One couple bought a damaged car, stored it for two months and insured it with 11 different companies before claiming a total of pounds 40,000 and arranging for 11 different engineers to inspect the wreckage.
The swapping of motor details is an extension of the Claims and Underwriting Exchange (CUE) set up last November to compare notes on household insurance claims and reduce the number and cost of fraudulent applications, which add at least 4 per cent to annual premiums for all policyholders, and probably much more.
It will also cover some of the ground staked out by the Motor Industry Anti-Fraud and Theft register, but its backers believe it will be more comprehensive and provide cross-references to fraudsters in other sections of the insurance industry.
It is widely believed that fraudulent claims are rife, and there is little hope of a spontaneous reduction. A poll of 1,000 people organised by the Association of British Insurers this summer found that 36 per cent thought the general public a little less honest than 20 years ago, while 47 per cent felt they were a lot less honest. Some 60 per cent thought individuals under 35 were less honest than the older generation, and 77 per cent believed today's children would be less honest when they grew up.
Without the exchange of information, household policies for both buildings and contents are wide open to abuse, and persistent fraudsters are hard to trace especially when policyholders change their insurers regularly. Insurance companies believe a steady stream of claims are made on contents policies by people who have lost a camera or a piece of jewellery that they may never have owned.
Sometimes fictitious items are lost more than once. Although insurers often insist on proof of purchase, it is not unknown for fraudsters to buy items, get a receipt and then return the goods for a credit note and keep the receipt. Steep rises in insurance premiums in the late 1980s tempted many previously law-abiding policyholders to make bogus claims to offset high costs.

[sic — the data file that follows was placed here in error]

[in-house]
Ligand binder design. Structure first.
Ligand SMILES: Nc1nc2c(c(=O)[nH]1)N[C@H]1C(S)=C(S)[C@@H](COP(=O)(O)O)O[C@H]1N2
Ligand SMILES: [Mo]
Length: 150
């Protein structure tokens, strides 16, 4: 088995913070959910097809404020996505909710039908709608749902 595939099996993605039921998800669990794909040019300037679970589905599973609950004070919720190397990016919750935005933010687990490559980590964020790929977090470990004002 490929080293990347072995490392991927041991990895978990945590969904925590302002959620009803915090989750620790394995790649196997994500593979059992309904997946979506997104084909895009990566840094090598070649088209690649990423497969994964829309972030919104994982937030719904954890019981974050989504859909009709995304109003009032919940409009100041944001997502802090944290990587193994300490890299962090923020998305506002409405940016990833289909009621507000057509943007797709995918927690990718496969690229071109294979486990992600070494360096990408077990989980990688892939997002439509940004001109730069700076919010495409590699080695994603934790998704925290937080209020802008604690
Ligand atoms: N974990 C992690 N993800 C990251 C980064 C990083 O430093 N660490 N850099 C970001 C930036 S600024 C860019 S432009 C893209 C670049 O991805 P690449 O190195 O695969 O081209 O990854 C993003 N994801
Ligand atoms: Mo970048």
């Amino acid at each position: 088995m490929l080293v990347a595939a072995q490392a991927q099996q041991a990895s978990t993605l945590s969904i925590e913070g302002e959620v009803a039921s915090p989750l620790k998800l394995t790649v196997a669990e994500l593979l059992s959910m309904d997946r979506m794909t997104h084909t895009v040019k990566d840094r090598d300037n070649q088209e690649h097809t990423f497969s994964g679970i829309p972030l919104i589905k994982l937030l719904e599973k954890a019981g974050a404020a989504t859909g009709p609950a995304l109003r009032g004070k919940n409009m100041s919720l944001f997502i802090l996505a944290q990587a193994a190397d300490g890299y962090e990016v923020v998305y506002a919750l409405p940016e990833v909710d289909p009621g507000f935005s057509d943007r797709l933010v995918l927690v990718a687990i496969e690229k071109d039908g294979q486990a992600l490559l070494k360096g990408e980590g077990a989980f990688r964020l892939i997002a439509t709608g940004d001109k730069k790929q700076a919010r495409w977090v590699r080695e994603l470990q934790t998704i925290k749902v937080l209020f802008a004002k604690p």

According to the ABI, fraud costs the insurance industry around pounds 600m a year. The total may have come down by as much as 25 per cent in the past three years, but this is not thought to reflect greater honesty. It is more likely the credit is due to improved security measures, including window and door locks and the heavy-duty anti-theft devices for immobilising parked cars. These have been encouraged by insurance companies publicising offers of discounts on premiums for policyholders who have invested in security measures.
The downturn in claims may also reflect the surging premiums unleashed at the end of the last decade. Hard-pressed policy-holders who may once have been tempted to make extra claims are no longer under such pressure.
There is some reason to believe that CUE has already helped to make policyholders more cautious, but the ABI believes fewer than 50 per cent of fraudulent claims are being picked up. Insurance companies hope their offensive will really pay off when the scheme is extended first to motor insurance and then, next year, to travel insurance.
Many policyholders are covered twice when they travel - by their own personal all-year insurance and specific insurance sold with their travel package. Others simply take out multiple insurance with the aim of making multiple claims.
Although insurance companies ask on claims forms if the items lost are covered by domestic insurance, there is no way of identifying double or multiple claims.
Next year there will be. However, a number of companies have so far refused to take part in CUE, perhaps because they feel they may be asked to reveal commercially sensitive information useful to competitors. Those that participate may be tempted to hope the names of refusenik companies become known, as fraudsters could well be interested in identifying targets that are not at present exchanging information.